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Doubling and Modulation
The term “doubling” refers to the process of using a subtle delay to thicken your sound. To get a doubling effect, set Time between 50 and 100 ms, Feedback for minimal repeats (one or two), and Level all the way up. Because the repeat happens so quickly, it creates the illusion of another guitar playing in unison with the original signal rather than sounding like an echo. If you use a lower delay time (20 to 50 ms), you can also get pseudo chorusing and flanging sounds.
Slapback is a single short repeat similar to a tape slap (the time delay between the record and play heads in an analog tape recorder), and it is most often heard in rockabilly and country. To achieve a slapback effect, keep the Time short (between 80–140 ms), Feedback at 0 (so you only get one repeat), and Level at about 50 percent.
A reverb-type effect can be achieved by modifying some of the settings used for slapback. Set the Time between 100 and 200 ms, Feedback for about 5 repeats, and Level at about 50 percent.
Most delay pedals do not have precise delay time readings on their knob panels. This isn’t a crucial issue when you’re using shorter delay times or when precise timing of the repeats is not integral to the performance. However, if you’re playing to a fixed beat source (say, a band or rhythm track) with a delay time of more than 200 ms and a fairly high Level setting that gives the repeats a distinct note, it will sound best if you dial in a precise delay time that matches the tempo of the band or rhythm track. Otherwise, the repeats will be out of time against the underlying beat. If your music is delay based, delay pedals such as the Providence DLY-4 Chrono Delay (street $449), TC Electronic ND-1 Nova Delay (street $259), and Strymon Timeline (street $449)—all of which feature LED readouts of the delay time—are worth considering.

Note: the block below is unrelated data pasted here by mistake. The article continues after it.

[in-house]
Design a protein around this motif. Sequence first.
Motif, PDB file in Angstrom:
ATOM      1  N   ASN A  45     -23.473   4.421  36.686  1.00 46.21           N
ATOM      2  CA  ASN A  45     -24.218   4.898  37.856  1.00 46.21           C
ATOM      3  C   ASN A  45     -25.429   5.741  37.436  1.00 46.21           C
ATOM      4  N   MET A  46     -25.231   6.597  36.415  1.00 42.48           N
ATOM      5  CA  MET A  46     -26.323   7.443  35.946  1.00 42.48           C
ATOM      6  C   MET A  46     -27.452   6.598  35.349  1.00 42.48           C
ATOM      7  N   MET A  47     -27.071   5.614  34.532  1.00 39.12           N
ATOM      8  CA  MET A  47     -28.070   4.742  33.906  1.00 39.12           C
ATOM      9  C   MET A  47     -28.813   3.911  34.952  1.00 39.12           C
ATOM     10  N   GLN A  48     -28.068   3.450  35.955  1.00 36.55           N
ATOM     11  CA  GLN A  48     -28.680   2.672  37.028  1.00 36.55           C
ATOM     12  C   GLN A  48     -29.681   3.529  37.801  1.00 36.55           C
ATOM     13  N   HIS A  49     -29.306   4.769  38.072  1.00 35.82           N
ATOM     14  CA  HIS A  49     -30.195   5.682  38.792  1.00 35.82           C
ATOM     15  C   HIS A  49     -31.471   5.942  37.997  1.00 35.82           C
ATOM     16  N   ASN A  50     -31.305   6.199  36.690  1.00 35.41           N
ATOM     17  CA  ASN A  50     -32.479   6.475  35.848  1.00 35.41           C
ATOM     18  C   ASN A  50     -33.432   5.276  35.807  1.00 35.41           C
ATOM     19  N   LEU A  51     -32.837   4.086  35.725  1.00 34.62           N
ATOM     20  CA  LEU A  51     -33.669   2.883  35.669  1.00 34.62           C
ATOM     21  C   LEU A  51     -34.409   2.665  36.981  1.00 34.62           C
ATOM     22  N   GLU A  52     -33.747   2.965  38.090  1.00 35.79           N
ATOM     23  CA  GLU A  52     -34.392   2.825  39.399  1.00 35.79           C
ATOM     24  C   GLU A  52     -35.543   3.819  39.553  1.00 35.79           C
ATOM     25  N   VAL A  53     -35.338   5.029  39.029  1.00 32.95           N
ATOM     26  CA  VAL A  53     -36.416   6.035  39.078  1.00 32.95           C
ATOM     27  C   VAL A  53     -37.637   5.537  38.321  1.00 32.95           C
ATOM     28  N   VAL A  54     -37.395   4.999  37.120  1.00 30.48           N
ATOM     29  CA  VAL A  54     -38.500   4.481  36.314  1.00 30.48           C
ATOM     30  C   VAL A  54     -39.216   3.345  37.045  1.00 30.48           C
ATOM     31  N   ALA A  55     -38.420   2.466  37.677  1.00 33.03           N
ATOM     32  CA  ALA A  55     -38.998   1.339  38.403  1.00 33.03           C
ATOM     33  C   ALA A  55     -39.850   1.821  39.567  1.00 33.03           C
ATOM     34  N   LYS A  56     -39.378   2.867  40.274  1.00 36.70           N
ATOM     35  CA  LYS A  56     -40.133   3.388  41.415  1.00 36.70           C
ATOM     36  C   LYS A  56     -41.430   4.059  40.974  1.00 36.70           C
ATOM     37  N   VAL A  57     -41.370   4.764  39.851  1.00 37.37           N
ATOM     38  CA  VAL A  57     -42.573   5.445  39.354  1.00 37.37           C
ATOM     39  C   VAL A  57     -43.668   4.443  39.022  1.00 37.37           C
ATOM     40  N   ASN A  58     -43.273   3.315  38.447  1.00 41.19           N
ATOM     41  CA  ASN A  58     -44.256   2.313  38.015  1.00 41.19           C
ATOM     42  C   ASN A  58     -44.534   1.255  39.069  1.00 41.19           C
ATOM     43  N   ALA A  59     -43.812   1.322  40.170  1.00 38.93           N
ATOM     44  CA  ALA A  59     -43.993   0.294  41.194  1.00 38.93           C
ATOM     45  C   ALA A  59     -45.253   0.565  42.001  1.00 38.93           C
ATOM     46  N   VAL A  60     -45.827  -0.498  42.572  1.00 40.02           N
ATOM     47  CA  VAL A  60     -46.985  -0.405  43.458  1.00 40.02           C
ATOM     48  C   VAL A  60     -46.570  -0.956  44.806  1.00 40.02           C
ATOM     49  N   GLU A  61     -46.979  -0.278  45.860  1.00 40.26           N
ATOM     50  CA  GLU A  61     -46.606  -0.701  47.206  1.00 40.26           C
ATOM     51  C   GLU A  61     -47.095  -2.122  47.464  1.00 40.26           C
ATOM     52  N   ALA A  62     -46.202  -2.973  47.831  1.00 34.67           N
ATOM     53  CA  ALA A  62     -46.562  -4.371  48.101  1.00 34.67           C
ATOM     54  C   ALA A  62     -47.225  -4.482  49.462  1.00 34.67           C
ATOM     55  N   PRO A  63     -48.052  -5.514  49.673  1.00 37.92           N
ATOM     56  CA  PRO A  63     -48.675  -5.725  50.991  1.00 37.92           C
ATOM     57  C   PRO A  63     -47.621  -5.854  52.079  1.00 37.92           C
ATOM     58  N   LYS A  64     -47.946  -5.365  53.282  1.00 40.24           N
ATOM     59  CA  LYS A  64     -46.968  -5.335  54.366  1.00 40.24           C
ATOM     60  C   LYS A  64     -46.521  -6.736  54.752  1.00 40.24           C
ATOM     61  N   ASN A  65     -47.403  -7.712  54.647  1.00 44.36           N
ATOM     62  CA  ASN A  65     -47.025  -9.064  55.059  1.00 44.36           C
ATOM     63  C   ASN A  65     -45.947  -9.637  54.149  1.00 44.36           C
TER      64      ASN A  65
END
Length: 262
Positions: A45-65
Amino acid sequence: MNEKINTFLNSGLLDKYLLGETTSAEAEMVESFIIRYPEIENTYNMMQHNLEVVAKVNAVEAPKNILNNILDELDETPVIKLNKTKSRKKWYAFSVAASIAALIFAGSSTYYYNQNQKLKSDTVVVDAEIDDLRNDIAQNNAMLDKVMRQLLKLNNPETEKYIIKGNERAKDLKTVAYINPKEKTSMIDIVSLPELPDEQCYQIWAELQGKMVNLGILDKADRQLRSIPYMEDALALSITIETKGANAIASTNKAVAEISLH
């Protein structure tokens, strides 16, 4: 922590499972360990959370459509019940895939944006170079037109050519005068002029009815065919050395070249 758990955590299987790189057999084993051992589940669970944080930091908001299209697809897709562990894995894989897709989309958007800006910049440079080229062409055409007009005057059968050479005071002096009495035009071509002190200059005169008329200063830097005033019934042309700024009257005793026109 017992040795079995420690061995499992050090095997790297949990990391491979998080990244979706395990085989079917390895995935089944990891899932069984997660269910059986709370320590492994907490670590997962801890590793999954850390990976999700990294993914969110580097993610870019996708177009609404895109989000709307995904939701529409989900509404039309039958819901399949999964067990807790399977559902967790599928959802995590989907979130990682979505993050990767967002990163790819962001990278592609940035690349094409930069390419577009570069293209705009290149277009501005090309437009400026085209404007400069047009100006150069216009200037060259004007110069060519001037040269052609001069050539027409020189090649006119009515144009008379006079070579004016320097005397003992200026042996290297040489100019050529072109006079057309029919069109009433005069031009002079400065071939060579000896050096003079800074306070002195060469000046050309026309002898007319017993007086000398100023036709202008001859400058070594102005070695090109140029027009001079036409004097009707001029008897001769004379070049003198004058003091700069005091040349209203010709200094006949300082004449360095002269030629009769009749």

Many delay pedals from the last decade or so offer a happy middle ground with tap-tempo functionality (some designs require using an aftermarket external footswitch to access this). If you’re familiar with the term but aren’t quite sure exactly how it works, here’s the scoop: Though many players don’t know the exact tempo they need in terms of beats per minute (bpm), most have an innate sense of the tempo they wish to play at, so tapping it out on a delay pedal’s tap-tempo footswitch is an easy way to get the sort of tempo matching we’ve been talking about. If your delay doesn’t have tap-tempo functionality, or if you want a formulaic approach to calculating the delay time, see the “Calculating MSfrom BPM” sidebar.
Newer digital delays such as the Providence DLy-4 Chrono Delay, TC Electronic ND-1 Nova Delay, and Strymon Timeline feature exact millisecond readouts for players who need very precise delays for tempo-matching purposes.